Maybe they skate where there are no stones? Dirt, sand and puddles in a park are easier to cope with. Stones is an attribute of motor roads (at least here where I am) and everything that is unlucky to happen too close to them.

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Anyway I'm pretty sure now that I'll go for Seba Trix 2 90 skates.. should I seriously consider 100s now instead? 4x100 is such a long wheel base that I cannot imagine feeling very nimble in anything other than a straight line.
Well, 10.8" 90x4 was enough for me to start having problems with crossovers. They weren't nimble for me at first. And they are still too short for high speed cruising in my opinion. So, if you have to spend some time learning crossovers anyway, it doesn't matter 90x4 or 100x4 you choose (hope I managed to explain the logic). Longer frame give more roll and stability, but are harder to accelerate and turn.

Speaking about your case, I don't really know. If you have long straight runaways, I'd lean towards longer variant from two given.
100s may feel too heavy, but I saw several ladies on 100x4 and 100-90-100-100 attached to slalom boot (RB Maxxum, Sebas etc) and they looked statisfied. Must try on to know for sure how it feels.

Trix have 165 mounting, you can buy them with shorter frames and will have an opportunity to try a longer frame in future. And switch back if it feels bad. Used speed skating frames don't cost much, here in Russia you can get 100x4 with wheels for a price below 100 USD. In "a land down under" things must be cheap too

PS be careful choosing those slalom boots, they are often harsh and have few room in a toe box.
PSS long frames have two main variants of spacing: 165 and 195 mm (some other like 150, 160, 180 are present but rare), and (again rarely) 2nd wheel rub problem.
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Old January 3rd, 2017, 03:37 AM   #5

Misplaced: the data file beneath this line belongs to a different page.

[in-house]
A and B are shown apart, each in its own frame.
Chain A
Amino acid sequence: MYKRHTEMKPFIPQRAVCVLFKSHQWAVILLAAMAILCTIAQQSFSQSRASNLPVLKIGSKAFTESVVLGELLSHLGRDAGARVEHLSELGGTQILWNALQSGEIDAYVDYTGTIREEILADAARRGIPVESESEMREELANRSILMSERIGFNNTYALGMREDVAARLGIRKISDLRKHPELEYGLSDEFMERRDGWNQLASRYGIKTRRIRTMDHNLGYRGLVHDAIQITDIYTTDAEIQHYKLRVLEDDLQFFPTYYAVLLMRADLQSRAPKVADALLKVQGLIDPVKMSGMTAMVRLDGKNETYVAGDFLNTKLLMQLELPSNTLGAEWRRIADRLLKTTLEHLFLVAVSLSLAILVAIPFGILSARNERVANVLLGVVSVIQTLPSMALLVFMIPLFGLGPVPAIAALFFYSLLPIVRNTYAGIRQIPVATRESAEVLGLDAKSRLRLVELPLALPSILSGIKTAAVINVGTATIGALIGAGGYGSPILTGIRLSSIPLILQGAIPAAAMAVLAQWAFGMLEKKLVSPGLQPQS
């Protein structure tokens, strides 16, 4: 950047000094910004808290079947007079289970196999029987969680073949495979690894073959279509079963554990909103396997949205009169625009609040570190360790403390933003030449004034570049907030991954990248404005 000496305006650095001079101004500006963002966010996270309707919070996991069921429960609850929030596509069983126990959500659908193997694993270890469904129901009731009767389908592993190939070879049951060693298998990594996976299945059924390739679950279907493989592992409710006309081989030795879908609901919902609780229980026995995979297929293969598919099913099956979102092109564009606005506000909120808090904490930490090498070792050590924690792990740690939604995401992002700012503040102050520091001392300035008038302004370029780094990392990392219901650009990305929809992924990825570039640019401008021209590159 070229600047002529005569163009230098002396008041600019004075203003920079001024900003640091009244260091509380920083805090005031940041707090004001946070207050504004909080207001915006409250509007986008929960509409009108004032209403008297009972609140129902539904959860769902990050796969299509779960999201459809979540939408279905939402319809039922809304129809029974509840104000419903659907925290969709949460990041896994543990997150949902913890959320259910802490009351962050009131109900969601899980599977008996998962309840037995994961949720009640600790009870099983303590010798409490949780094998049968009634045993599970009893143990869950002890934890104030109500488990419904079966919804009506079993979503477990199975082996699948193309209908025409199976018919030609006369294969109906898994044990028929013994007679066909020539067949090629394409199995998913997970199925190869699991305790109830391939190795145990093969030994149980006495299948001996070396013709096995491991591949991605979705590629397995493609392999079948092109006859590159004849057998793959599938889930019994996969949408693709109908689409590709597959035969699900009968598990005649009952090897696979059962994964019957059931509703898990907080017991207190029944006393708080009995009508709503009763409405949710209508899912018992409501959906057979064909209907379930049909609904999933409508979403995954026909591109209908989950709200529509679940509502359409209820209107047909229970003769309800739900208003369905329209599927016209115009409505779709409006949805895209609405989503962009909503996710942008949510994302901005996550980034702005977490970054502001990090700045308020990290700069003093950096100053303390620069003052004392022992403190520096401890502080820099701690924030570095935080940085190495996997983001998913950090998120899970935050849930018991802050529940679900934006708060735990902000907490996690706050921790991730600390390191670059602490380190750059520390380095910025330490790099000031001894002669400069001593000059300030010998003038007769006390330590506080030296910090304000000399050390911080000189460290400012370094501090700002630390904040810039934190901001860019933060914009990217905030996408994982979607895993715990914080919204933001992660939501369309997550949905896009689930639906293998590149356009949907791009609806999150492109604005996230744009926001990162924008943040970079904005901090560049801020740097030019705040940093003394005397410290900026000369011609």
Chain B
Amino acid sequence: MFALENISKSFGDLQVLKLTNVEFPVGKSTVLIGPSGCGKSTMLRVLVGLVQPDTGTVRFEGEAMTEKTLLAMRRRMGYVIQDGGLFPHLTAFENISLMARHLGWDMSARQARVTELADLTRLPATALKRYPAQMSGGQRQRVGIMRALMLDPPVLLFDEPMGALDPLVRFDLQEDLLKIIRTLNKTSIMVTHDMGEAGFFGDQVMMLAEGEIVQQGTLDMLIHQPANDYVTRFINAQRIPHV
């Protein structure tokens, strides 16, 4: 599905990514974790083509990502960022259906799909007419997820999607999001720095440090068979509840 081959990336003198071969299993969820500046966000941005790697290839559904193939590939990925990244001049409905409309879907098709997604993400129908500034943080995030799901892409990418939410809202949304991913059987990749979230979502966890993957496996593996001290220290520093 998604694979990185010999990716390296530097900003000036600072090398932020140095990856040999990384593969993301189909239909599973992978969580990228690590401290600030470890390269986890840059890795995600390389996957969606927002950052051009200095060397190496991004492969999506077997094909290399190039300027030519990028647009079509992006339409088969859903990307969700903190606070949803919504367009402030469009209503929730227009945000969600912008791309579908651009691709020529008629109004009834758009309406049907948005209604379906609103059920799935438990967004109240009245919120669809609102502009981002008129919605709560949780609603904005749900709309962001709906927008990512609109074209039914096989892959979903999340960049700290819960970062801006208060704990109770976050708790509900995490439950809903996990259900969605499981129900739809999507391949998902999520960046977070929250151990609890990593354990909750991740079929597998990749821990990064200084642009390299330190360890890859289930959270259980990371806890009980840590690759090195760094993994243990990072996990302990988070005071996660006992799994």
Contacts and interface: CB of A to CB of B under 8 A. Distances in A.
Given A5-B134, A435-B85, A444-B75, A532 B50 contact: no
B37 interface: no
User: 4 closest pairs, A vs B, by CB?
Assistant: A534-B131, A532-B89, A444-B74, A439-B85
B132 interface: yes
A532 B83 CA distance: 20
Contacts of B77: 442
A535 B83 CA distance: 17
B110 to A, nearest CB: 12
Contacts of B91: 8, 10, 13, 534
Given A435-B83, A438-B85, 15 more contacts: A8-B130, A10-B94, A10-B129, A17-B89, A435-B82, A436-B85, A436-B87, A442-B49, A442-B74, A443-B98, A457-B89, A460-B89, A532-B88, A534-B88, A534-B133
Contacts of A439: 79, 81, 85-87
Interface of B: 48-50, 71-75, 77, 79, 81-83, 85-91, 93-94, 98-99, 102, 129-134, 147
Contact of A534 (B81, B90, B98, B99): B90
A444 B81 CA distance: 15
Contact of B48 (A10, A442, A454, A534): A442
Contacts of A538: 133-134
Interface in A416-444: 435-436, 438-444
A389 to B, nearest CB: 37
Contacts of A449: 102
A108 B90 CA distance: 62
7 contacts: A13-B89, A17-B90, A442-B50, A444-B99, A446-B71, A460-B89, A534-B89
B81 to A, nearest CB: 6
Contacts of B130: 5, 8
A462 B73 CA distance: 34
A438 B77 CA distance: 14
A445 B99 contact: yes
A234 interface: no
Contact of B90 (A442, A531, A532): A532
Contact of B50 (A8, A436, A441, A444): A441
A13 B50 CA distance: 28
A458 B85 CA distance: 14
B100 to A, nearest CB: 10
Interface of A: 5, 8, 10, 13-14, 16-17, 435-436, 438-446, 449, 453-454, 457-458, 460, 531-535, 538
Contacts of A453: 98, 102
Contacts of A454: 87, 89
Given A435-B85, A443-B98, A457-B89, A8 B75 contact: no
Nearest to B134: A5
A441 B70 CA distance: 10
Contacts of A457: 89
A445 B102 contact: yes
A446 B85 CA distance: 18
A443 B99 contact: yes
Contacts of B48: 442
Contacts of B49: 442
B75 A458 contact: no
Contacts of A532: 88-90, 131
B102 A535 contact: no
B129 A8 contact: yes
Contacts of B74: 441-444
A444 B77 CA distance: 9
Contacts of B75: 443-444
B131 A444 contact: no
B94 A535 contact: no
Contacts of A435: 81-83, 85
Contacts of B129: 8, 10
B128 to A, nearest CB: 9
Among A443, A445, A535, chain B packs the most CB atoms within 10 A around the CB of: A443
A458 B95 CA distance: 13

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Inlines can have problems with a straight crack/sidewalk line if the entire frame drops in it.


I can't recall ever having much of an issue with rocks on quads or inlines unless I was going really slow, with my feet side by side instead of correctly staggered, or possibly had hit a tiny pebble indoors with hard wheels on. Any skateboarder would know what that's like. Instantly getting your wheel chocked by a pebble SUCKS.

Been outdoor skating for a long time, so I'm used to it I suppose.

Inlines are a lot better for sidewalk cracks and the like, that is for sure though.
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Old January 3rd, 2017, 04:45 AM   #6
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Oh, on the wheel size. Most find the bigger the wheel the better the ride if you can handle the height and length.
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Old January 3rd, 2017, 04:39 AM   #7
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Quote:
Originally Posted by Entropy View Post
I thought they must just pop out of the way of curved inline wheels, rather than act like doorstoppers on the flat faces of quad wheels!

I'll definitely still be wearing protection for my training, but how do so many inline skaters get away without wearing protection if it's still easy to fall? I rarely see pics of inline skaters wearing more than wrist guards.

.
Many if not most will "pop" out of the way, at least much better then quads. Trail snakes (root bumps) small sticks and such are still trouble. And as Mort said watch out for cracks in the direction of travel.
Now about those sticks etc. Always keep some knee bend and skate with your weight a bit more on the rear wheels. even more when you see them coming. It will let you roll over them. Think of a boat, if you put all the weight in front it will try to dive down, if you have more weight in back it will try to ride up and over.